ELLSWORTH, Maine — The city has signed on to a $2.6 million deal that, if completed, will protect through purchase and easements almost 1,200 acres around Branch Lake which serves as Ellsworth’s water supply.
In a split vote Monday, city councilors approved a memorandum of understanding with the Mary C. Fenn Trust that commits $1.5 million of city funds toward the purchase of a portion of the land and the acquisition of a conservation easement on the rest of 1,196 acres on the southern section of Branch Lake. The land contains more than three miles of shoreline on both sides of the lake, including a stretch of shore land on the western shore of Mill Pond, and includes property abutting the city’s water treatment plant.
The city funds will purchase two parcels — one on the western shore, the other on the eastern shore — totaling 425 acres. The funds also will help to acquire the conservation easement on the remainder of the property.
The Land for Maine’s Future Board has approved $640,000 toward the acquisition of the conservation easement, which leaves an additional $460,000 to be raised toward the project. The memorandum of understanding stipulates that the city’s funds will not be released until the rest of the funds have been raised and the property is ready to be transferred.
“This is not a done deal yet,” City Manager Michelle Beal said. “All the stars still have to align for this to come together.”
The city will work with the Fenn Trust and the Trust for Public Lands to raise the balance of the funds. They have until March 15 to complete the deal. The city has been reviewing financing options for its share of the funding, according to Beal.
Also, the memorandum of understanding gives the city a 10-year option to purchase a 133-acre portion of the conservation easement land at its current value of $597 per acre. That parcel is adjacent to the eastern parcel the city will purchase and extends to Moore’s Brook. The option property also abuts 89 acres already in conservation easement.
The Fenn Trust will retain more than 300 acres it already owns.
The council vote came Monday after an executive session to discuss the deal which has been in negotiations for about two years, according to Beal. Part of the property the city will purchase abuts the city’s water treatment facility, and the memorandum of understanding gives the city the right to add onto the plant in the future. The city also could develop a community forest area for limited, nonmotorized recreation activities including hiking trails.
“This gives us an opportunity to protect our water supply,” Beal said. “I don’t know of another open water supply like ours that doesn’t have a conservation easement around it. This also creates a recreation opportunity for the future.”
Councilor Gary Fortier, who worked with Beal on the negotiations for the property, said he fully supported the memorandum and the acquisition of the property despite the tough economic times.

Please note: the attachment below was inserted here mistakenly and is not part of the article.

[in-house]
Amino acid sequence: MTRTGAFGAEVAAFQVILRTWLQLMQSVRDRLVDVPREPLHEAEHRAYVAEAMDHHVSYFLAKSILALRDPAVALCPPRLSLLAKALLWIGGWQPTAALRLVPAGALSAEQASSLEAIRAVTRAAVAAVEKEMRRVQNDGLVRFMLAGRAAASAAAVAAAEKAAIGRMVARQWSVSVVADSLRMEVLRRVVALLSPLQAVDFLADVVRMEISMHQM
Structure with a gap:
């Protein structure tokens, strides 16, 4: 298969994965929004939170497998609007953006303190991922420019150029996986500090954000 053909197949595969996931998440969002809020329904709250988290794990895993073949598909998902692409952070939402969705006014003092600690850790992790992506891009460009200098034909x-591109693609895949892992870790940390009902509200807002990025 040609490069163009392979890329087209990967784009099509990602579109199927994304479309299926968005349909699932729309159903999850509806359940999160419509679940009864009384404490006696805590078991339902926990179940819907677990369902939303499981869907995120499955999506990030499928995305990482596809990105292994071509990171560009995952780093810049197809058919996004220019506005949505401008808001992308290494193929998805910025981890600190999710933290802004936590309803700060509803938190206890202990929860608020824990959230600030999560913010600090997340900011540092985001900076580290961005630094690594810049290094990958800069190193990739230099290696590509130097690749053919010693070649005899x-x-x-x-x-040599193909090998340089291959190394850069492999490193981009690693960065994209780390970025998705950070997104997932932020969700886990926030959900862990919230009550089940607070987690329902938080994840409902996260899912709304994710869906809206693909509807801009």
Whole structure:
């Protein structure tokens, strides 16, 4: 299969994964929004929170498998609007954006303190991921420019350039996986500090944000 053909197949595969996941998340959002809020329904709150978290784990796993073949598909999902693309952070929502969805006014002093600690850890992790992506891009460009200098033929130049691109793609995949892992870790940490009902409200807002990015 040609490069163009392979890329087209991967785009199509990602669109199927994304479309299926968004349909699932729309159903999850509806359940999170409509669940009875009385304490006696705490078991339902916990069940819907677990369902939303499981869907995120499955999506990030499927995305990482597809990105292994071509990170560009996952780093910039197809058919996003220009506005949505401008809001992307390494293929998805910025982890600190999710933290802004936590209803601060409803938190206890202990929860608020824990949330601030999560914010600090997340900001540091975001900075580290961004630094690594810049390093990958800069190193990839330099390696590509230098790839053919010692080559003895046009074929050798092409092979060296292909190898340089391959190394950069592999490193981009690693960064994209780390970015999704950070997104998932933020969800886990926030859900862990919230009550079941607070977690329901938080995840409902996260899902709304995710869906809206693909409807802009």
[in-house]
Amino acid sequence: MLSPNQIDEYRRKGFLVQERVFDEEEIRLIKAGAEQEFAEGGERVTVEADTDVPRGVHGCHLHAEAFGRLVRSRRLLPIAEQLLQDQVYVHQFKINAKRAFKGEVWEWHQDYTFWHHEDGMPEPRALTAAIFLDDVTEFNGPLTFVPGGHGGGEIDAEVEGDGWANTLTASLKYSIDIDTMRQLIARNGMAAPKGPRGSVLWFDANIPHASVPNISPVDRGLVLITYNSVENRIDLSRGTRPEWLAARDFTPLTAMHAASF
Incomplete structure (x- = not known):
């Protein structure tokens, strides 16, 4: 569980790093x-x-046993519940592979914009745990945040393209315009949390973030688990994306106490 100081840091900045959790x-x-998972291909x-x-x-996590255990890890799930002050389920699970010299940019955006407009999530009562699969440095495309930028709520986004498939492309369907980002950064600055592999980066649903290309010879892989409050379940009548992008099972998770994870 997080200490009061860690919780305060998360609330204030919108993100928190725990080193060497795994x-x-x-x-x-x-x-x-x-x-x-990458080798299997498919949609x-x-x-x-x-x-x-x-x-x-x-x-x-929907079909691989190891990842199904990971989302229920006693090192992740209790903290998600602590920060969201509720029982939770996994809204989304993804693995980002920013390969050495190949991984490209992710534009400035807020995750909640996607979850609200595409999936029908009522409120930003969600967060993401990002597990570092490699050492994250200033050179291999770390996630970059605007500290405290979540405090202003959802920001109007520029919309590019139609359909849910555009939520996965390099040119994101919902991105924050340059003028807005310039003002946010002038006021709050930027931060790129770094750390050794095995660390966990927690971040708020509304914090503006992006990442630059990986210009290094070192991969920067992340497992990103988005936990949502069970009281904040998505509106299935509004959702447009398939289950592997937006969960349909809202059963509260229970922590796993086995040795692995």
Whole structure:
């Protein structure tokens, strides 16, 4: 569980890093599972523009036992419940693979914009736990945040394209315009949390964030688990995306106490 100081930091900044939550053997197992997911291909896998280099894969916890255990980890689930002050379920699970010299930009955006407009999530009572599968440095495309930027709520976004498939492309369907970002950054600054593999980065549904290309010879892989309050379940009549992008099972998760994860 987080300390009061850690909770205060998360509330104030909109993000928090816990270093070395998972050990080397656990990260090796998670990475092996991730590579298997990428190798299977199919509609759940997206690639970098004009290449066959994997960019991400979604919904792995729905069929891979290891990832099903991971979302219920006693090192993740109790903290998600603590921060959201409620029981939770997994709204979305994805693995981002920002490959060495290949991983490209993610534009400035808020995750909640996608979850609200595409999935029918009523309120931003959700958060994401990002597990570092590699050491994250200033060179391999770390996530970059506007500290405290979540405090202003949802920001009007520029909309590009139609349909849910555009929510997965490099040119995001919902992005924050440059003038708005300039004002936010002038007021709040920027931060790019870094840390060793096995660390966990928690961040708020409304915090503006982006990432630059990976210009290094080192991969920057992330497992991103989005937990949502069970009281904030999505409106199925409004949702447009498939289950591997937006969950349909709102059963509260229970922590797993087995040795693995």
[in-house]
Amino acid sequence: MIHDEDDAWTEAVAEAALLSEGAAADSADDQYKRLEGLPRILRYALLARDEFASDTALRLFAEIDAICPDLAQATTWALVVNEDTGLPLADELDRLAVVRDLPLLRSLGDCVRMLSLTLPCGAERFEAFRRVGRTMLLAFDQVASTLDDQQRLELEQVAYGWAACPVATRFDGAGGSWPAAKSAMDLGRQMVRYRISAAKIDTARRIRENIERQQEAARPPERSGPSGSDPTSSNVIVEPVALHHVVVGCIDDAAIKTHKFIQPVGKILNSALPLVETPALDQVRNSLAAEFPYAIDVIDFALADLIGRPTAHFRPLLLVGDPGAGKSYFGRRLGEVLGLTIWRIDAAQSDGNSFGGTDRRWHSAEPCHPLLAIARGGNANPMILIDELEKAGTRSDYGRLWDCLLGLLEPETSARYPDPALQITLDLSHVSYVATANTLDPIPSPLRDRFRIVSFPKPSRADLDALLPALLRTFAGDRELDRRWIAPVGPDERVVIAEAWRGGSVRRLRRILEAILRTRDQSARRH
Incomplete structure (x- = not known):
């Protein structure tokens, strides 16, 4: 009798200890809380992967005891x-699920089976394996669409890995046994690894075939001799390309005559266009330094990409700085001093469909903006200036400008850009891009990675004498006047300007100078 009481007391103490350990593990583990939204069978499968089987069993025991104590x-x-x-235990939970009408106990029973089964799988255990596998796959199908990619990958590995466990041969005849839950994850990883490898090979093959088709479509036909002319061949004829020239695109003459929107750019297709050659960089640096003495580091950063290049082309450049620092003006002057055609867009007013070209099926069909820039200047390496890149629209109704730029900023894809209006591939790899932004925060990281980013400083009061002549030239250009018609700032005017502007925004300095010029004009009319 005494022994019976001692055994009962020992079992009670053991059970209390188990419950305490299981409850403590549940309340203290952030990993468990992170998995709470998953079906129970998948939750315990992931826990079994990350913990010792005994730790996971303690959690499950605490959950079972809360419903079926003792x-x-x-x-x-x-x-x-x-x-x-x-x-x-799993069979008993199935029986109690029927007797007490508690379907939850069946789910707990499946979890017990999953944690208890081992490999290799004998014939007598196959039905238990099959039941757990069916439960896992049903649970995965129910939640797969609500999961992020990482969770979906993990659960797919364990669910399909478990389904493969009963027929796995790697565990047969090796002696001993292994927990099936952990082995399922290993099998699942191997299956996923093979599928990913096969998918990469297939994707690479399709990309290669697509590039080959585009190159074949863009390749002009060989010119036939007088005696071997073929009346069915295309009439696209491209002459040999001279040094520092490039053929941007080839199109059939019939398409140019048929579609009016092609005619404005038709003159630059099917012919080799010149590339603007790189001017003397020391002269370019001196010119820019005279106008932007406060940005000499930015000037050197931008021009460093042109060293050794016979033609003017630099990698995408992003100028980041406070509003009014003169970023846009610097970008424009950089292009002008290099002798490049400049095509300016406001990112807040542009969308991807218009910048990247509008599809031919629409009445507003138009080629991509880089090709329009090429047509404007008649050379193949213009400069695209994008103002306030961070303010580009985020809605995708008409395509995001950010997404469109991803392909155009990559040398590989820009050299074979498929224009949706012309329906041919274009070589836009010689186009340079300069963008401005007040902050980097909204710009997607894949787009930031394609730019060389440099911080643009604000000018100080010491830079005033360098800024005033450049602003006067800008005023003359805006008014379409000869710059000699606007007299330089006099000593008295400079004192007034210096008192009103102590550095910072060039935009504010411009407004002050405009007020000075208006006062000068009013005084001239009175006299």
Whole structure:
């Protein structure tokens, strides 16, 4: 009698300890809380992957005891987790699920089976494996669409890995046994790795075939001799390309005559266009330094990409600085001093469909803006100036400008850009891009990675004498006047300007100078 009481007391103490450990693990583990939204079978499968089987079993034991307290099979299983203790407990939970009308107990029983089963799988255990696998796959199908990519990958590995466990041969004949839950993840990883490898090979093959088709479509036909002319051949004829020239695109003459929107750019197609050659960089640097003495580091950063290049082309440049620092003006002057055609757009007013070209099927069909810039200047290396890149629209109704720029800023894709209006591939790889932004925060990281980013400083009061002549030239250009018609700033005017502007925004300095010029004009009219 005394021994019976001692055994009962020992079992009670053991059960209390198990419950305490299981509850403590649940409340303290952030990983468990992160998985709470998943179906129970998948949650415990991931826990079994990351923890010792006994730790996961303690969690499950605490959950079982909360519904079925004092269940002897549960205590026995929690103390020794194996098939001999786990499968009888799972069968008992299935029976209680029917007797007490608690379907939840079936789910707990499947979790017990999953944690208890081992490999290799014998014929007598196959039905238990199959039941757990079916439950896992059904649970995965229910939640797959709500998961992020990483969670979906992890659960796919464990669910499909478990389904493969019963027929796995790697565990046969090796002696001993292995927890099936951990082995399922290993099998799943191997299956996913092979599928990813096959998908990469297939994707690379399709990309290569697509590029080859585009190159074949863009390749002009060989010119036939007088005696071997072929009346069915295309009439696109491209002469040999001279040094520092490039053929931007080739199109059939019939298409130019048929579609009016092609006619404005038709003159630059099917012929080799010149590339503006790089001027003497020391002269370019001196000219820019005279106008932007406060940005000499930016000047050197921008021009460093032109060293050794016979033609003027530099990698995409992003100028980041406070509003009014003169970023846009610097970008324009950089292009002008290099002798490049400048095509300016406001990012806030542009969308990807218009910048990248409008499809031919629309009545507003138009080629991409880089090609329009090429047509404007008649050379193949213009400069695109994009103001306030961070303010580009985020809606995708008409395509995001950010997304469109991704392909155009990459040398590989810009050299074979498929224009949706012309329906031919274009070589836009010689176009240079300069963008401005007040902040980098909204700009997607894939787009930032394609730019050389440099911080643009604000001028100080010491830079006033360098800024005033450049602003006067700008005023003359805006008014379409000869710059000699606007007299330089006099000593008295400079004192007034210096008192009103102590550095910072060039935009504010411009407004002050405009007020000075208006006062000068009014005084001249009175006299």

“We have a chance to put our money where our mouth is and use our resources to protect the water quality of one of the premier lakes in the state,” Fortier said. “This will reserve 35 acres for future expansion [of the water treatment plant] and possibly, 20 years down the line, we will have a working community forest for our grandkids to enjoy.”
There also may be some financial benefit to the city by protecting the water supply, Fortier said.
“We may be able to save on costs at the water treatment plant,” he said. “If we can keep the water cleaner, it may be cheaper to filter it.”
Councilor John Moore, however, balked at the price tag, even though he acknowledged the need to protect the land.
“I’ve always felt that the land needs to be protected, but $1.5 million is a lot of money,” he said.
Councilor Jonathan Mahon agreed, pointing out that the lake already is protected.
“Branch Lake has more protections on it than any other body of water in Ellsworth,” he said. “It’s already well-protected.”
Councilor Stephen Beathem agreed that it was a tough time to commit city funds, but argued that, in the long run, it will be worth it. This is a “terrible” time to spend that much money, but it is the right thing to do for the future, he said.
“Ten to 15 years from now, this will be money well-spent,” he said.
Newly elected Councilor Matthew Boucher supported the memorandum of understanding, pointing out that the property might not always be available. If it does become available again, he said, it will cost a lot more.
Councilor Pamela Perkins said the city had spent a lot of money on economic development in the city which was a good investment. It was time, she said, that the city put an effort into conserving the environment.
The vote was 4-2, with Councilors Mahon and Moore opposed. Council Chairman John Phillips abstained. Phillips had provided an easement to the Fenn Trust across a portion of the property that is affected by the deal.